A.A. Merritt and H.P. Lovecraft were frequent visitors of Roerich’s while he was in New York. Although Lovecraft never went to Asia himself, he seems to have traveled vicariously through Roerich.
“Better than the surrealists, though, is good old Nick Roerich, whose joint at Riverside Drive and 103rd Street is one of my shrines in the pest zone. There is something in his handling of perspective and atmosphere which to me suggests other dimensions and alien orders of being—or at least, the gateways leading to such. Those fantastic carven stones in lonely upland deserts—those ominous, almost sentient, lines of jagged pinnacles—and above all, those curious cubical edifices clinging to precipitous slopes and edging upward to forbidden needle-like peaks!”—H.P. Lovecraft in a letter to James F. Morton
It would seem that Roerich’s work directly influenced the writing of H.P. Lovecraft’s “At the Mountains of Madness”:
“...Through the desolate summits swept ranging, intermittent gusts of the terrible antarctic wind; whose cadences sometimes held vague suggestions of a wild and half-sentient musical piping, with notes extending over a wide range, and which for some subconscious mnemonic reason seemed to me disquieting and even dimly terrible. Something about the scene reminded me of the strange and disturbing Asian paintings of Nicholas Roerich, and of the still stranger and more disturbing descriptions of the evilly fabled plateau of Leng which occur in the dreaded Necronomicon of the mad Arab Abdul Alhazred...”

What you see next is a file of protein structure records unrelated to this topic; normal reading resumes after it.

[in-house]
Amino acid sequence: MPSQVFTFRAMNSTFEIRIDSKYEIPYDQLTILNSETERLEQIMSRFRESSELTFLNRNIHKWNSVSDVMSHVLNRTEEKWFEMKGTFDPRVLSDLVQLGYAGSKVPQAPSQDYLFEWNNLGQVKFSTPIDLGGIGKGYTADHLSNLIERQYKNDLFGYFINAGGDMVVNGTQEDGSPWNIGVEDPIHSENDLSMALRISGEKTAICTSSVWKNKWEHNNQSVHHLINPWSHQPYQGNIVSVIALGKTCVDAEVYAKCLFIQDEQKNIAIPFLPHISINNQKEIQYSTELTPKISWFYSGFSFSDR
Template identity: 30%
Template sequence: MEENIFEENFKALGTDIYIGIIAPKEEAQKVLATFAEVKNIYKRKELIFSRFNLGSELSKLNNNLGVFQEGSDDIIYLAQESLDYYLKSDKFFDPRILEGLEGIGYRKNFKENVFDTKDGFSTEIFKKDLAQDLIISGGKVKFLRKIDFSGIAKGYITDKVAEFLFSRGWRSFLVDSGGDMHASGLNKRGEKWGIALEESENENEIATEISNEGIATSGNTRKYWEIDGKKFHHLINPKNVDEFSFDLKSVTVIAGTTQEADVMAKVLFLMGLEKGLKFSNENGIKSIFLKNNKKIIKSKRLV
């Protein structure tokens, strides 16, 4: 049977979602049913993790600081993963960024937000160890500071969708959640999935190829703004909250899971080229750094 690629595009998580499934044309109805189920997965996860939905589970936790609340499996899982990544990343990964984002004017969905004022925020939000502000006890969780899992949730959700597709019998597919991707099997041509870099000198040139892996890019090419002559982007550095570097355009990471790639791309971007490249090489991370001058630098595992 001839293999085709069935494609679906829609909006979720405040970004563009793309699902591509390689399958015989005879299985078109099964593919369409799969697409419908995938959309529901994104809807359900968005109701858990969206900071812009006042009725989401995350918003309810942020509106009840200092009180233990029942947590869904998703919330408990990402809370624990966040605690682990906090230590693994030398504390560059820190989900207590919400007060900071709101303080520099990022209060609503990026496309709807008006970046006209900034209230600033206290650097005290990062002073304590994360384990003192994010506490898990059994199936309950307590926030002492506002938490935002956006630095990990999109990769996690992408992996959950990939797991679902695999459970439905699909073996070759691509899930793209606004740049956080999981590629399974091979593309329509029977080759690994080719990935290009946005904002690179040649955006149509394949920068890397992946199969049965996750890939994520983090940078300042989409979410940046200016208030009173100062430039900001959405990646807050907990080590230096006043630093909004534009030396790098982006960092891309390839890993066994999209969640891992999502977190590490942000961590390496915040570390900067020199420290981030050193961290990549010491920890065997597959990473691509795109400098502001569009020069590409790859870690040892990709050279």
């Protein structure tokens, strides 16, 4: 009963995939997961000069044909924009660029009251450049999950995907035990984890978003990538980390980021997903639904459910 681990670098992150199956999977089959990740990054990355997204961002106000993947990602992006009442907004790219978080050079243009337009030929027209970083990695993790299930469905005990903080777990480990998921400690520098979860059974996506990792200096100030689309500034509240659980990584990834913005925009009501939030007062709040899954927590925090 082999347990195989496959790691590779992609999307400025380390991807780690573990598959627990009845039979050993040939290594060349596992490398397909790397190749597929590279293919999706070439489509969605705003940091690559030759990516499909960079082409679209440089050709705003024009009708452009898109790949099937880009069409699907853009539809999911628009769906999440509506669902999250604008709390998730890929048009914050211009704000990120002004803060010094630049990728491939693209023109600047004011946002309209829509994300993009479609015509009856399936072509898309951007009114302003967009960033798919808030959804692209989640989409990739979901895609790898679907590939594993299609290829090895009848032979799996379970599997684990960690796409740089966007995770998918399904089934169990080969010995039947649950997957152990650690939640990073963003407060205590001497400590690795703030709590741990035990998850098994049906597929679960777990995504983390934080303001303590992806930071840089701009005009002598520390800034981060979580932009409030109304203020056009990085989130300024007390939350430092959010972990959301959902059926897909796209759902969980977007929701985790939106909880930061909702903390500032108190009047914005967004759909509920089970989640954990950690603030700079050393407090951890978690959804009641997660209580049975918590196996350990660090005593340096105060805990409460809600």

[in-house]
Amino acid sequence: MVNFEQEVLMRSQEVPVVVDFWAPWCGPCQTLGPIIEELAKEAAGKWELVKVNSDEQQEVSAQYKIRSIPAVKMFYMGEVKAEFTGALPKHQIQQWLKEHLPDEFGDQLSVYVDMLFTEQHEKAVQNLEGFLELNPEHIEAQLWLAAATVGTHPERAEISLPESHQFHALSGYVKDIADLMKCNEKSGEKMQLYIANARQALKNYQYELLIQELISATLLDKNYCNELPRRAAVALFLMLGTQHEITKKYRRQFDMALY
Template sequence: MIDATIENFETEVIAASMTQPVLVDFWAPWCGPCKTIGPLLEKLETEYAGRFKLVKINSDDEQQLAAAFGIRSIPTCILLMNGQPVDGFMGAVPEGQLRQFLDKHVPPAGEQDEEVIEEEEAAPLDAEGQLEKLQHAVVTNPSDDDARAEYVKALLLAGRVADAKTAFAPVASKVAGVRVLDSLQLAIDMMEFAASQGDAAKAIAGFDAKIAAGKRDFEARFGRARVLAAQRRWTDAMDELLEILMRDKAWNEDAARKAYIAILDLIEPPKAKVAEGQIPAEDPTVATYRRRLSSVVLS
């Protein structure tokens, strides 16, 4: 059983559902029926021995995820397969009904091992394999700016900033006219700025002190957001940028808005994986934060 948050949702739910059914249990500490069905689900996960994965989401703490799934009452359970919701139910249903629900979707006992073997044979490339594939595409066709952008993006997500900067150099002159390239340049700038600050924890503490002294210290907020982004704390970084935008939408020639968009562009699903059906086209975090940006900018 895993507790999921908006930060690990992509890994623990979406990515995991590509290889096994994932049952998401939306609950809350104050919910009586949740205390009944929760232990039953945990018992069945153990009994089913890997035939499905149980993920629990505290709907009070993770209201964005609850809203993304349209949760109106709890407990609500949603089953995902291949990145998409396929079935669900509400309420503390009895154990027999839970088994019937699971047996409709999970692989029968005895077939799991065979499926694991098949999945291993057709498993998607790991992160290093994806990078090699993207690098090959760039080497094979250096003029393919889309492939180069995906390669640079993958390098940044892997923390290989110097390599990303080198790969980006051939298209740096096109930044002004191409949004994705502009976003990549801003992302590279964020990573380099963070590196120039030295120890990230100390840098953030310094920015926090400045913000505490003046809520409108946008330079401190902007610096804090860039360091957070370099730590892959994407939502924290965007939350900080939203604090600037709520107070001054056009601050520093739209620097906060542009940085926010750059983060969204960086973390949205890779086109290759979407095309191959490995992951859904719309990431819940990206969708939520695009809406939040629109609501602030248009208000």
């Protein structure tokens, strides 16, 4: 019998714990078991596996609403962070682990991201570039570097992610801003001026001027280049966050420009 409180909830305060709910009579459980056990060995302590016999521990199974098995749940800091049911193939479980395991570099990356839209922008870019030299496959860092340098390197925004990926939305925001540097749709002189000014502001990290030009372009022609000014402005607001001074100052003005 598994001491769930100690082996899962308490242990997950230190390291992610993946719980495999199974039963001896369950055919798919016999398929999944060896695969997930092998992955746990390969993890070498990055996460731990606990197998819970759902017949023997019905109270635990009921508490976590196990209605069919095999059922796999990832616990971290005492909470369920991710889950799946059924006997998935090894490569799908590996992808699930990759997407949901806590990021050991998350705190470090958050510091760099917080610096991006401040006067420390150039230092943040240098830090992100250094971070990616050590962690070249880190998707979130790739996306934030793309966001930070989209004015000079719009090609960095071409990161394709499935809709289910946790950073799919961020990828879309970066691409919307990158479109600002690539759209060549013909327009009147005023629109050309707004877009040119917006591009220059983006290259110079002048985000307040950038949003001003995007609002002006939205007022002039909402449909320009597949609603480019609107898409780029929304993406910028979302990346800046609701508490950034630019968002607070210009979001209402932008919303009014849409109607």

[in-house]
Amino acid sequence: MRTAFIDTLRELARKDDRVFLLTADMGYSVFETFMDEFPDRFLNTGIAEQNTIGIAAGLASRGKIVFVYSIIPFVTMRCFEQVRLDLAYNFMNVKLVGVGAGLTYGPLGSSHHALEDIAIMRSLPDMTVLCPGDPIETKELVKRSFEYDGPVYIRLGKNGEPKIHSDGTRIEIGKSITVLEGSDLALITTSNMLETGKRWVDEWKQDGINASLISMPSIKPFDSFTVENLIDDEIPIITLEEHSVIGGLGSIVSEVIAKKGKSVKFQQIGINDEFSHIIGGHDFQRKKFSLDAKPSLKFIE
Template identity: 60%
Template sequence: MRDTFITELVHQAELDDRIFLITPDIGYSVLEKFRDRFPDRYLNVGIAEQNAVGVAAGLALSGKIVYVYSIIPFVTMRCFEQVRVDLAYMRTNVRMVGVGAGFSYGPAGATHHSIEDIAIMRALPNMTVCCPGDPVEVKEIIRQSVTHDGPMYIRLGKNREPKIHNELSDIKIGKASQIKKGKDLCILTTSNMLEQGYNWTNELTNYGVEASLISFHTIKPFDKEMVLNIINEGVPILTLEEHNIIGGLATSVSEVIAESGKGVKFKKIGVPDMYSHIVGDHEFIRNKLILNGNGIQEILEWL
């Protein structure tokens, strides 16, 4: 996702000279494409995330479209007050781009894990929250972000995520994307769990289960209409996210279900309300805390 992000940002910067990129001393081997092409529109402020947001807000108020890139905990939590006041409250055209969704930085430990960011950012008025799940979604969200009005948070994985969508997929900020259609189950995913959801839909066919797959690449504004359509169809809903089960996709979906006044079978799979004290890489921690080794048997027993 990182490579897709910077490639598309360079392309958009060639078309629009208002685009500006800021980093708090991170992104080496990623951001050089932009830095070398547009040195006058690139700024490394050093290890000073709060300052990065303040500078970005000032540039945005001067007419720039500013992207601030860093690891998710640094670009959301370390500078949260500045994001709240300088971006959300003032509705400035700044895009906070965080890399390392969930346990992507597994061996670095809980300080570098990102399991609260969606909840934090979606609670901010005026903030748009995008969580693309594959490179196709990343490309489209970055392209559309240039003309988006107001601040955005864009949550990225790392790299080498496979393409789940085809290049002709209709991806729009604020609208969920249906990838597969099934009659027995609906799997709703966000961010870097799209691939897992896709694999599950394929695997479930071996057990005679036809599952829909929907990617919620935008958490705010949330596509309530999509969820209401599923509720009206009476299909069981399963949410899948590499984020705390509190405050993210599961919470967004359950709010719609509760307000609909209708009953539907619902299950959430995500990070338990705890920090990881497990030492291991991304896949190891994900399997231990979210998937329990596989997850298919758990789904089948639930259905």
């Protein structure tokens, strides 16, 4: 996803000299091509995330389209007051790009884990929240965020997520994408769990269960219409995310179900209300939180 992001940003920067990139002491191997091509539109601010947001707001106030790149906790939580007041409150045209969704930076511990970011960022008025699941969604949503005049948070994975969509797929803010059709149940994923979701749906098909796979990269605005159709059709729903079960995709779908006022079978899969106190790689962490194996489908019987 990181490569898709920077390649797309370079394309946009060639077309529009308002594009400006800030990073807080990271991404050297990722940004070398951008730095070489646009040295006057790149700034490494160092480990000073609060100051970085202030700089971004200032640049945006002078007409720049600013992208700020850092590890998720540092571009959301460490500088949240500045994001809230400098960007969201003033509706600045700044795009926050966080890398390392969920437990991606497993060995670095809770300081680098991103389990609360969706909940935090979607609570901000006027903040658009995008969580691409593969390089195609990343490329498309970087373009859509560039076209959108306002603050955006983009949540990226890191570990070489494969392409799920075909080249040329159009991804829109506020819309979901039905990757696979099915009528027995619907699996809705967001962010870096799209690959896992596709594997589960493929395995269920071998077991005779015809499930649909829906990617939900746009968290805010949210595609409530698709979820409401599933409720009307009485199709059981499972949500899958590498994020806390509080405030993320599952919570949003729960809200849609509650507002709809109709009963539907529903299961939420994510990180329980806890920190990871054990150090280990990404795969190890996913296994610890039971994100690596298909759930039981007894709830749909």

“...It was young Danforth who drew our notice to the curious regularities of the higher mountain skyline - regularities like clinging fragments of perfect cubes, which Lake had mentioned in his messages, and which indeed justified his comparison with the dreamlike suggestions of primordial temple ruins, on cloudy Asian mountaintops so subtly and strangely painted by Roerich. There was indeed something hauntingly Roerich-like about this whole unearthly continent of mountainous mystery...”